How movie film decays

This "raw" frame was scanned from Super 8mm film that is 50 years old. Note the blue color shift, probably due to the onset of vinegar syndrome, rather than to a classic deterioration of an organic dye. Movie: W Lagrone, 1961

Movie film, when you look at it up close, looks a lot like photographic negatives.1 The most important of those similarities is that color movie film is produced as part of a chromogenic process, with the same kind of color shift problems that are found in photographic color negatives over time. But it turns out that movie film also has many unique longevity problems. The long and short of it? Get your film scanned now.

Fading & color shift in movie film

source: Wilhelm & Brower, 1993 (p. 318). Typical 1960s Super 8 color print film. Time shown is for least stable image dye to lose 10% density.

Hollywood has long worried about the problem of fading and color shift in motion pictures. The director Stephen Spielberg once complained in 1979 that "after only five years the blue is leaving the waters of Jaws while the blood spurting from Robert Shaw's mouth gets redder and redder..." Director Martin Scorsese led an industry push in the 1980s that focused on making Hollywood's standard 35mm movie film more stable, and was largely successful. But the 50 years of consumer memories that were recorded on 8mm, Super 8mm, and 16mm film are very much at risk, and the period between 1950 and 1981 was marked by particularly poor color stability for most movie films. 2

This 2009 frame from the The Alamo (1960) exhibits classic color shift. Source: film preservationist Robert Harris.

Typically speaking, the cyan, magenta, and yellow dyes that are used to record the color in color home movie film decay at different rates, causing an overall shift toward one color. Depending on the specific film, this could result in image that is reddish (as above) or any of a number of other colors. Some color shift can be attributed not to dye decay directly, but the interaction of some of the components in the film with the acetic acid produced by vinegar syndrome.

Vinegar syndrome

Common consumer home movie films since the 1950s are most commonly printed on a "safety" acetate base layer3. The trouble with acetate base is that it can degrade substantially, and in a process that is mostly independent of the color decay discussed above.

Due to moisture, or temperature, over time the acetate base can decompose, giving off, as a side product, free acetic acid, which is released first inside the film base then diffuses to the surface. Literally, the film will begin to smell like vinegar. Worse yet, once the free acetic acid reaches a certain absolute point, the reaction becomes "autocatalytic", feeding on itself and causing an exponential jump in the creation of more acetic acid.

Vinegar syndrome is a potentially devastating problem with old home movies, because in advanced stages it will make the film brittle and warped, as the base itself will shrink faster than the rest of the film. Even a 1% shrinkage might be enough to prevent saving your film except by extremely expensive and risky methods.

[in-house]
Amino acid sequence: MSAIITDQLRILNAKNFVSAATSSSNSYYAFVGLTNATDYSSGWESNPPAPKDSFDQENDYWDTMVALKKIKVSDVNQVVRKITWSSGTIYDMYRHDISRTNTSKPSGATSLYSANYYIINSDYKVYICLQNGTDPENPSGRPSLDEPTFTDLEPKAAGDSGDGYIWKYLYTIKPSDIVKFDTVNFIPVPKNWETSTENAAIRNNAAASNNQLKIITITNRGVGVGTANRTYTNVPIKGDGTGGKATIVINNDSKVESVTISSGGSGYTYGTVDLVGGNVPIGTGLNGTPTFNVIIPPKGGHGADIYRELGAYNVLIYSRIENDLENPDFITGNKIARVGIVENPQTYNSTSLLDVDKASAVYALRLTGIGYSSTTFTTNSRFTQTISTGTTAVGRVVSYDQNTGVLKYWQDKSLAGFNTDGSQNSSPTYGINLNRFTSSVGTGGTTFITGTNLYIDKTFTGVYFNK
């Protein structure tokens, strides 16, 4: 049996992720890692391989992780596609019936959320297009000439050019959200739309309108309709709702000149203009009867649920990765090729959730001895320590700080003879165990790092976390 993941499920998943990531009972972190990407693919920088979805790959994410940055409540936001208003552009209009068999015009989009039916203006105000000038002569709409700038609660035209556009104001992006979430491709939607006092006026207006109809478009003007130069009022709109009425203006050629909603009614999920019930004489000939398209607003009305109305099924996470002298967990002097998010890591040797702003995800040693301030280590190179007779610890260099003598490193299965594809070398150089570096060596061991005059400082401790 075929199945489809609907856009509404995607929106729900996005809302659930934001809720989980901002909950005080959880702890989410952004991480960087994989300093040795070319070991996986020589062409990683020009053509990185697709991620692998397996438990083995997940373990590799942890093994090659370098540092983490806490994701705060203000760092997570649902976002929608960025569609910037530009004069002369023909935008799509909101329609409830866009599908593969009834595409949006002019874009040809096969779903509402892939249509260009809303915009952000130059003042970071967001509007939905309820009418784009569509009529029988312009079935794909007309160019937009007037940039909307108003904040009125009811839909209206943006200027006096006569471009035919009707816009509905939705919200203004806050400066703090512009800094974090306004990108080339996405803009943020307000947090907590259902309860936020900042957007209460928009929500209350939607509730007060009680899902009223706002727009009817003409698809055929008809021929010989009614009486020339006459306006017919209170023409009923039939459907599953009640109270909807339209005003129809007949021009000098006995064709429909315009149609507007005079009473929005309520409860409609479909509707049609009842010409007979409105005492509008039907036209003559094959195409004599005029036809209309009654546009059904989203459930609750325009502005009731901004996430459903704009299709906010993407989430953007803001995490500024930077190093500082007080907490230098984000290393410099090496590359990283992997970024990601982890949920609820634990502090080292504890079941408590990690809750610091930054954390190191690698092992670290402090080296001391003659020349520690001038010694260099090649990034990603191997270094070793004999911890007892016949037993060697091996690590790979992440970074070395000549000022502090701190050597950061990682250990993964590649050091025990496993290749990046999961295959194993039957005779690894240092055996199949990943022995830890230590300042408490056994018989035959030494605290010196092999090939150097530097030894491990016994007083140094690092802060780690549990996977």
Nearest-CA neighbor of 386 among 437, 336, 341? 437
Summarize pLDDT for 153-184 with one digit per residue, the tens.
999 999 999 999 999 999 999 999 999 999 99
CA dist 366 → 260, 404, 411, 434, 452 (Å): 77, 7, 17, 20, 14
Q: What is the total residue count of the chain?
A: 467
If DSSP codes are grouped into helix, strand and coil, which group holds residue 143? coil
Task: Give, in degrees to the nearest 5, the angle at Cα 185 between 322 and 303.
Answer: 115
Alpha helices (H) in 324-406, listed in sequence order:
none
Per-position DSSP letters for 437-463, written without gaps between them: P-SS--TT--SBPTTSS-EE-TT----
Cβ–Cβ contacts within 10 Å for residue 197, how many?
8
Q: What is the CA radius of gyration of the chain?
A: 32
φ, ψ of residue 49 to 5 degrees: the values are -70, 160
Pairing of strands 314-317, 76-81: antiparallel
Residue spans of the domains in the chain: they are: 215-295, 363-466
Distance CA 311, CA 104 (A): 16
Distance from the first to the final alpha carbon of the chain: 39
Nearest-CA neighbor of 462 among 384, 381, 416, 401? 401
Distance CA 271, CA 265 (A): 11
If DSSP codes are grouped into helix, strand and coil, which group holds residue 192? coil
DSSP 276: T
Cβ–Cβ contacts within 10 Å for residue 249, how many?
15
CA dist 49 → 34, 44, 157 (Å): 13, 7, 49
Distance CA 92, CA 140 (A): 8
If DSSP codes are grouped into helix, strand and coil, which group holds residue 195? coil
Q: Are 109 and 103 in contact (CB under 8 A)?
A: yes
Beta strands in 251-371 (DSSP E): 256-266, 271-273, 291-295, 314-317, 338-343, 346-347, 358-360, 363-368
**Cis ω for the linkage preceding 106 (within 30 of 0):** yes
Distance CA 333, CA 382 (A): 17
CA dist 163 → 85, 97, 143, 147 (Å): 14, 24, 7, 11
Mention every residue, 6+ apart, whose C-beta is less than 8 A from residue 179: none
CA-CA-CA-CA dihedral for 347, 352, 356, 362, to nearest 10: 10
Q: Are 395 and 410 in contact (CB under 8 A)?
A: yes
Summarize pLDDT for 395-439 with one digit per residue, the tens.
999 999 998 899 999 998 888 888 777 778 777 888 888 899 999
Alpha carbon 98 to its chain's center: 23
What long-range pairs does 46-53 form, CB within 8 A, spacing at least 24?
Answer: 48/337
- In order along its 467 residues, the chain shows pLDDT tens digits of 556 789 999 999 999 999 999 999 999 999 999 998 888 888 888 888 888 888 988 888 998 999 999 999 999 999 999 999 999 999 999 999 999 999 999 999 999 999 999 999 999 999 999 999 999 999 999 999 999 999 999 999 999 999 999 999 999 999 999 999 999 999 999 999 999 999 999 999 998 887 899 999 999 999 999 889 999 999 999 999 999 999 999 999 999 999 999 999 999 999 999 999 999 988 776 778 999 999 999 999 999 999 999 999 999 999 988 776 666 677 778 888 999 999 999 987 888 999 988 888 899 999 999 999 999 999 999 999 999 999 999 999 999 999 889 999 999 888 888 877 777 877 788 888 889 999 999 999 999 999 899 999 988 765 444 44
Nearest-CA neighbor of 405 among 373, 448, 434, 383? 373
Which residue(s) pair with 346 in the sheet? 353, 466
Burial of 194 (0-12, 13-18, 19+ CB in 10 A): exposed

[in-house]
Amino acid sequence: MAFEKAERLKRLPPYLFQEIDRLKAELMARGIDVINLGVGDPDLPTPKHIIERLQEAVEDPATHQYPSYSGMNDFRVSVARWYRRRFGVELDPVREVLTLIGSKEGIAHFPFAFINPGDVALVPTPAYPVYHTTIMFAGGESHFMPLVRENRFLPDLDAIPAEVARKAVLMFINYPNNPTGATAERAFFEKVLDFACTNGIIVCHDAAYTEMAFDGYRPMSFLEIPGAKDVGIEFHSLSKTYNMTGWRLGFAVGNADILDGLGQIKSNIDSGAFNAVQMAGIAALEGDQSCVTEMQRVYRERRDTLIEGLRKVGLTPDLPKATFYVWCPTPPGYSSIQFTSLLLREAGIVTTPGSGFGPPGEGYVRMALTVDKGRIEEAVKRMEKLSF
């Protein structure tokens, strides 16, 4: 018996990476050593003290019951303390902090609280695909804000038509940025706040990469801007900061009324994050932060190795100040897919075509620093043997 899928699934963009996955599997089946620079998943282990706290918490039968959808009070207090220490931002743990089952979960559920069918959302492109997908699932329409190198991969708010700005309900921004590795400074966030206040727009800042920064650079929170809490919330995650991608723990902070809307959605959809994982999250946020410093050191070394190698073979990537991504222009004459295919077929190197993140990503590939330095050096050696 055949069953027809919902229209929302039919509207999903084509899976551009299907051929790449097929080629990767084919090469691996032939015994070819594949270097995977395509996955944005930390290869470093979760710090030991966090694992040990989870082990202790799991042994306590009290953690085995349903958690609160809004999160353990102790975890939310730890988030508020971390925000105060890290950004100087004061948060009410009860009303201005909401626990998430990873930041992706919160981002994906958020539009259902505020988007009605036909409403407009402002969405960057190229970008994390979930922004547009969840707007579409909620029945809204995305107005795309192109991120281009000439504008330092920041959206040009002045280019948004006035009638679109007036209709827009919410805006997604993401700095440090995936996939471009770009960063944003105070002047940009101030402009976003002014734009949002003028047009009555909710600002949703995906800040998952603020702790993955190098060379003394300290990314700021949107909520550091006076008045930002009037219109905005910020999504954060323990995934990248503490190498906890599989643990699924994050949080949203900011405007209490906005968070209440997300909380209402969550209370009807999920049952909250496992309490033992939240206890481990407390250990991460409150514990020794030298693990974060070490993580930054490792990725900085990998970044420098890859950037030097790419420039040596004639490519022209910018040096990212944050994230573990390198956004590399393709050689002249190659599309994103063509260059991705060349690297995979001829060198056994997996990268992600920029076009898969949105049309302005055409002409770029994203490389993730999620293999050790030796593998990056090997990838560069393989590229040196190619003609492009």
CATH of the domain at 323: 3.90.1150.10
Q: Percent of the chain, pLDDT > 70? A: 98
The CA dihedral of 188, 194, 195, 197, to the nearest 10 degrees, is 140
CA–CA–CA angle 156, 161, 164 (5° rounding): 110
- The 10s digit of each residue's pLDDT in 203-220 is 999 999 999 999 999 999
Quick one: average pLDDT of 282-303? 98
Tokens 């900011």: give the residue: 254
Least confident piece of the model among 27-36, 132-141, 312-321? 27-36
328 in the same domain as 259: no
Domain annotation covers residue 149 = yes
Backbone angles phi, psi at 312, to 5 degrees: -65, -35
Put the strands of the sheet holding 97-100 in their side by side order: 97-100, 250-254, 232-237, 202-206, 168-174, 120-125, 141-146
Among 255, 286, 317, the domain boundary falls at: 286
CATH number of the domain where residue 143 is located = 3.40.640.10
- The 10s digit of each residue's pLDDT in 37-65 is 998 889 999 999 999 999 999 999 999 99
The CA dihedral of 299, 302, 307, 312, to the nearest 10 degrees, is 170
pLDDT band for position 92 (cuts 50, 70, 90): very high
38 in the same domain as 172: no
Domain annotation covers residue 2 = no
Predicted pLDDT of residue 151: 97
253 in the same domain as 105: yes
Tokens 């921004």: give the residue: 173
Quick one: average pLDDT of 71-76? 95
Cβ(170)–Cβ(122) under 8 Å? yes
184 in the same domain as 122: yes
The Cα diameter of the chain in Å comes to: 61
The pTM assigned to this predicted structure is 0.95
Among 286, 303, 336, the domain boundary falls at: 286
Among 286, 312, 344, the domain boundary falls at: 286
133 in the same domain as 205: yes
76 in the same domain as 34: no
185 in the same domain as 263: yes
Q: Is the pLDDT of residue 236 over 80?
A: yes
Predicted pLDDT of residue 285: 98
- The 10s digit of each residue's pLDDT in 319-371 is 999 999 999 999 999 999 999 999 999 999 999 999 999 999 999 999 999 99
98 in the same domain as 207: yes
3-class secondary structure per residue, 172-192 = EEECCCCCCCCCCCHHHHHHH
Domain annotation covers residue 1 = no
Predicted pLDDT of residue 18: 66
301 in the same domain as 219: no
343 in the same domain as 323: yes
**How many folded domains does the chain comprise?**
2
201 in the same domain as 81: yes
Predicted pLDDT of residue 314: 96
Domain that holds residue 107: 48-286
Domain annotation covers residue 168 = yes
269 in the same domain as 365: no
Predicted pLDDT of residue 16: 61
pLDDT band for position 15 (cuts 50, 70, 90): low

Different combinations of humidity and storage temperature can produce the same preservation effect.

Storage recommendations for movie film

  • Avoid projecting it. There are risks from projection--why not have it scanned and share your film that way?
  • Consider professional storage. It would be a large project to develop the optimum conditions for preserving your film. If you have a lot of home movie film, it could be more affordable than you think to store your film professionally.
  • Keep old movie film cold. The ANSI standard suggests a maximum temperature of 35 degrees F.
  • Keep old movie film dry--but not too dry.
    Published guidelines from the Image Permanence Institute suggest an ideal range of 20-30% relative humidity. And remember, both temperature and humidity should be constant.
  • Avoid the attic and the basement.
    The attic has too many temperature swings, and the basement is too damp, which can both cause mold and accelerate vinegar syndrome.
  • Don't use airtight containers.
    Kodak published results in the 1990's that showed that airtight canisters tend to accelerate vinegar syndrome. Archival reel cases tend to be vented so that air can pass in and out. If the air in the storage area is not filtered, however, a permeable cardboard enclosure will both allow for air movement and protect the film from dust.

1We have even heard of photographers who shot with movie film.

2In the 1980s, manufacturers introduced many longevity improvements to motion picture film.

Quick Facts

5

Number of years before classic 8mm or Super 8mm film starts to fade, stored in a warm household.

Resources

More About Vinegar Syndrome

Text from a 1996 article in American Cinematographer magazine.
read more »

One Hundred Years of Film Sizes

Movie collector Michael Rogge's site documenting the extensive history of movie film.
read more »

Measure Your Home's Relative Humidity

Maintaining constant (and low) relative humidity in your storage area is deal. To measure it, you'll need a hygrometer or psychrometer.
buy one on amazon.com »

Hollywood Vaults

For the very serious collector, a service that can cryogenically store your precious film and radically slow any further degradation.
visit the site »

Quick Facts

41

Ounces of household vinegar a 1,000 ft reel of 35mm movie film could put out in a state of advanced decay.

Acid Detection Strips

A simple tool to check your film collection for the onset of vinegar syndrome. $60.00 for 250 tests.
buy at Image Permanence Institute »

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